is not cakes and ale. When done poorly, as with any
investment strategy, the results can lead to disastrous
losses. That’s why, in the latest issue of the Fleet Street
Letter, I recommended a publicly traded company that excels
at vulture investing. The guys that run this company are
some of the best in the business.

One very unique virtue of vulture investing is that it
tends to excel during times of financial trouble. In this
sense it is countercyclical.

The ’70s recession, for example, created opportunities in
real estate, particularly in distressed real estate
investment trusts (REITS). In the 1980s, the vultures found
fresh carrion in the remnants of the junk bond meltdown and
nasty downturns in energy and steel that created a new crop
of corporate wounded.

The U.S. economy will continuously produce distressed
companies, like a pride of lions produces gazelle
carcasses. As long as there are mistakes, recessions,
bubbles and busts, there will be tasty corporate carrion
for vulture investors.

The company I recommended to my Fleet Street subscribers
relies on a handful of investment principles, which stitch
together the apparently unrelated investments that make up
its portfolio. These principles are often repeated in the
company’s annual letters (I’ve read them all going back to
1998). Here they are:

1. Don’t overpay

2. Buy companies that make products and services that
people need and want and provide them as cheaply as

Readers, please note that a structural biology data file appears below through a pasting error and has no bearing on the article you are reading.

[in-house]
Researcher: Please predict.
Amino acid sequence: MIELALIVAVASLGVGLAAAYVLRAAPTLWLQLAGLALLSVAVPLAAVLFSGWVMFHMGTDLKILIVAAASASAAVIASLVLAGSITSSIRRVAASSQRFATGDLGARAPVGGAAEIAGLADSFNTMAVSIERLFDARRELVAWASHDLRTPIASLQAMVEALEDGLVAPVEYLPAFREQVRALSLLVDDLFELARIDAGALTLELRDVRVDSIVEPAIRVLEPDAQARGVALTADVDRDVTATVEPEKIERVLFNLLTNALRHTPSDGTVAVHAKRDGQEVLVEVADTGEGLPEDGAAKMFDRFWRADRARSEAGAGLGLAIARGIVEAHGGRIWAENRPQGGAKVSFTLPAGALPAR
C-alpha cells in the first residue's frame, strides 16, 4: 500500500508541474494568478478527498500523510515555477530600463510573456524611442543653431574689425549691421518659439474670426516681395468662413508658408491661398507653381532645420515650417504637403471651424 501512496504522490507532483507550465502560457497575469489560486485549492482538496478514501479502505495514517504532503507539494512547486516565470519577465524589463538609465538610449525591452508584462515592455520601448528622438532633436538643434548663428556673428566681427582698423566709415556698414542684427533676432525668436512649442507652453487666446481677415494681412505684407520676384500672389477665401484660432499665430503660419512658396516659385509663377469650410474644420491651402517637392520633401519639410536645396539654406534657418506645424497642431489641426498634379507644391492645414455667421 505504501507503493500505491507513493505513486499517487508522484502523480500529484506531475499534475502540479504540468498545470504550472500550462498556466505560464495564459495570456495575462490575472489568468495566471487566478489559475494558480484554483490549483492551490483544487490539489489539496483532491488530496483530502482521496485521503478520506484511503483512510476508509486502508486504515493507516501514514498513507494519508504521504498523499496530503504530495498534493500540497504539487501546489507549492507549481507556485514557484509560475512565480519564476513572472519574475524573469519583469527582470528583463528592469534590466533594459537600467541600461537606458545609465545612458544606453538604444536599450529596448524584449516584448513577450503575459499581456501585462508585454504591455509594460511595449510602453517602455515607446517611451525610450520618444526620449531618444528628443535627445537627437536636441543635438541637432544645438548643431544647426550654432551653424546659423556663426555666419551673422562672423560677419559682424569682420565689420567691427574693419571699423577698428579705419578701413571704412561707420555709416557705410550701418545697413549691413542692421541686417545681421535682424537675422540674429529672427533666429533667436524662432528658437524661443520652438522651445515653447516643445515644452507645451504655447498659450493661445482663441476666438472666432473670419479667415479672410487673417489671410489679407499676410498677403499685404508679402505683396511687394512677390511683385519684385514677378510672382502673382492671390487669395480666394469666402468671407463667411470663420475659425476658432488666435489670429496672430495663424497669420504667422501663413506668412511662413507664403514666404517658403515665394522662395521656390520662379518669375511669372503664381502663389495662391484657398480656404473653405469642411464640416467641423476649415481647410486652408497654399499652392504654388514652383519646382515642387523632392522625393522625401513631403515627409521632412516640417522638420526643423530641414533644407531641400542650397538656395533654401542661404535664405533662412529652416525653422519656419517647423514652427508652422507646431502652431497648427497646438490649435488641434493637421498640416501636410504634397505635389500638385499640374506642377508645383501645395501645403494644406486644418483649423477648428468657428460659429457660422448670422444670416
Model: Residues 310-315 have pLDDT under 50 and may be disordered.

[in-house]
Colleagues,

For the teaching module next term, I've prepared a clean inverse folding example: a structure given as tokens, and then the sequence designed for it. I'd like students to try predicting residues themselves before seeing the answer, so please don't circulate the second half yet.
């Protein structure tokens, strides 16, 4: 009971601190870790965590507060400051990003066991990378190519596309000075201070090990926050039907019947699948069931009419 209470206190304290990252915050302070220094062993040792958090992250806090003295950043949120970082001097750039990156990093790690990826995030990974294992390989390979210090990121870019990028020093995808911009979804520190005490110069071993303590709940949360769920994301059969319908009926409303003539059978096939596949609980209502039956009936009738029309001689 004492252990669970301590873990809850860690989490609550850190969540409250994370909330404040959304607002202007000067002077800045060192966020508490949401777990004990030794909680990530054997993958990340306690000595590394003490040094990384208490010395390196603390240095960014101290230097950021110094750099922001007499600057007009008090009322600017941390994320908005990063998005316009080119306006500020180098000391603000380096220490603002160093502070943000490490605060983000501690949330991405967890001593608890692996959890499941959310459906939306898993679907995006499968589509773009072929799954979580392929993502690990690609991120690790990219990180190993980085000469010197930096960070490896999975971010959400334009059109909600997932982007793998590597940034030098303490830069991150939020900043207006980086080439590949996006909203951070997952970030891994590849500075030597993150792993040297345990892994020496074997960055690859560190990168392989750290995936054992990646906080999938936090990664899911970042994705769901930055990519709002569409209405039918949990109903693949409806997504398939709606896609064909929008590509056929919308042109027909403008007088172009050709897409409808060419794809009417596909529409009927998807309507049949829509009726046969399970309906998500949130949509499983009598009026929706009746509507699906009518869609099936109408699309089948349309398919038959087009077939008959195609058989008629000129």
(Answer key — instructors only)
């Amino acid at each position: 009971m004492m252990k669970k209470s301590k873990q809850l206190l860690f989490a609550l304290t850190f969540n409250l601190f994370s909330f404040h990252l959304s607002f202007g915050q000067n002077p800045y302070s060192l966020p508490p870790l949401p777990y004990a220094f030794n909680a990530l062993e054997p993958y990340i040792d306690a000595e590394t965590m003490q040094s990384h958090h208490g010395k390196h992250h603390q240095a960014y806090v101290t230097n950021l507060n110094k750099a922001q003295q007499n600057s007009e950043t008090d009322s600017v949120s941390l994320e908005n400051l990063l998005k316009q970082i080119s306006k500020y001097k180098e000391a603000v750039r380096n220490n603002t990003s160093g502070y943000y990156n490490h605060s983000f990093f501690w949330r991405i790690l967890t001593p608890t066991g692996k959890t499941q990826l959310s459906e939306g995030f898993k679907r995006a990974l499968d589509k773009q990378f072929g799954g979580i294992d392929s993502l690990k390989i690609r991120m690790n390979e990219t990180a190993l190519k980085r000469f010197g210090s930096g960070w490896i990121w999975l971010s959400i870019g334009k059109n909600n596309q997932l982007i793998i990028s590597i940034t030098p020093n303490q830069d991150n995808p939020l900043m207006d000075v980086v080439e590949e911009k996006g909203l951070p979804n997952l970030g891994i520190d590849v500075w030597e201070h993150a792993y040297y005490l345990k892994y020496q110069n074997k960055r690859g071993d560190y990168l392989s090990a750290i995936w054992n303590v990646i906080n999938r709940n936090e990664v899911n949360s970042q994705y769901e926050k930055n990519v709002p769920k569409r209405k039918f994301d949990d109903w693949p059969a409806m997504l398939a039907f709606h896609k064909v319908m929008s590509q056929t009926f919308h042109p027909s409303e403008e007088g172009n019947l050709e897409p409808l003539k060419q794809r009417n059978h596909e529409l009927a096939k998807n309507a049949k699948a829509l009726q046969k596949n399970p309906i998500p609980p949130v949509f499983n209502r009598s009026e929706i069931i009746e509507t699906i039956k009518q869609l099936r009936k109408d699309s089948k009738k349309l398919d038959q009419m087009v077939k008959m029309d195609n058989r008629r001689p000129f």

possible with consistently high quality. Search out
candidates in out-of-favor industries that have
turnaround potential. Our record as midwives to
resuscitating disorganized, unprofitable, bedridden
and moribund companies is pretty good

3. Earnings sheltered by net operating loss
carryforwards (NOLs) are more valuable than earnings
that are taxed by the IRS

4. Pay employees for performance and expect hard work
and honesty in return

5. Don’t overpay.

To the list above, I would like to add one more rule: Don’t

Did You Notice…?
By Chris Mayer

In my CrisisPoint Trader, I’ve done a little "vulturing" of
my own. In the current market environment, there are a
number of cash-rich, bombed-out technology companies.

I’ve found one of these situations in Sycamore Networks
(SCMRE: Nasdaq), the optical switch maker. It was a 2000
initial public offering, and its stock was once $300 per
share. When I recommended it to CrisisPoint traders, the
stock was $3.46 per share and on the verge of being
delisted by the Nasdaq for failing to file its quarterly
report. The company’s audit committee was looking into how
employee stock options were accounted for in 1999 and 2000.

Sound risky? It has some risk, no doubt. But the bullish is
fairly simple. Sycamore has about $769 million in cash with
no debt, and its market cap was only about $950 million
when I recommended it. Because Sycamore burns through cash
at a rate of less than $10 million per quarter, it has
enough cash to survive for about two decades…even if its
profitability never improved!

Sycamore also has hundreds of millions of dollars in net
operating loss carryforwards, or NOLs, that could be used
to offset future income. That was going to be worth
something to somebody, I reasoned. When you add in the NOLs
and the cash, the rest of the company is trading for
practically nothing.

The company has hired Morgan Stanley to advise it on
maximizing shareholder value, which could include
titillating options like selling the company, repurchasing
stock or issuing a special dividend.

An announcement to make any one of these moves could send
the stock soaring.

And the Markets…



This week

















10-year Treasury





30-year Treasury





Russell 2000


























JPY 110.31

JPY 110.63



Dollar (USD/EUR)





Dollar (USD/GBP)





The Daily Reckoning